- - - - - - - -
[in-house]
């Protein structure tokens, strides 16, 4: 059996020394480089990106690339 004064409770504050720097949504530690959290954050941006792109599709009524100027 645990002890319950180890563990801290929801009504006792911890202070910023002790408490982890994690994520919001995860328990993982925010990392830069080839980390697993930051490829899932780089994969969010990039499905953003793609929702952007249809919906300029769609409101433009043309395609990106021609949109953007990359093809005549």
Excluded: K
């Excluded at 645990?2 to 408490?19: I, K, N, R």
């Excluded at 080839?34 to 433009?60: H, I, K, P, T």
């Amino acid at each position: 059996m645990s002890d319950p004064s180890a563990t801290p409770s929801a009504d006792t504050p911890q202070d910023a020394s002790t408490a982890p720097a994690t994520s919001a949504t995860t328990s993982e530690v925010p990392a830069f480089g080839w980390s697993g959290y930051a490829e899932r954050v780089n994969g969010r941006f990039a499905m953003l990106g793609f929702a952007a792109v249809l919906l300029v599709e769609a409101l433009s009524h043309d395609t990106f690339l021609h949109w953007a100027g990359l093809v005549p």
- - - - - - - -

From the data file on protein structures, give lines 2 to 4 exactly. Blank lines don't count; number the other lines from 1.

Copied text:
């Protein structure tokens, strides 16, 4: 059996020394480089990106690339 004064409770504050720097949504530690959290954050941006792109599709009524100027 645990002890319950180890563990801290929801009504006792911890202070910023002790408490982890994690994520919001995860328990993982925010990392830069080839980390697993930051490829899932780089994969969010990039499905953003793609929702952007249809919906300029769609409101433009043309395609990106021609949109953007990359093809005549």
Excluded: K
């Excluded at 645990?2 to 408490?19: I, K, N, R």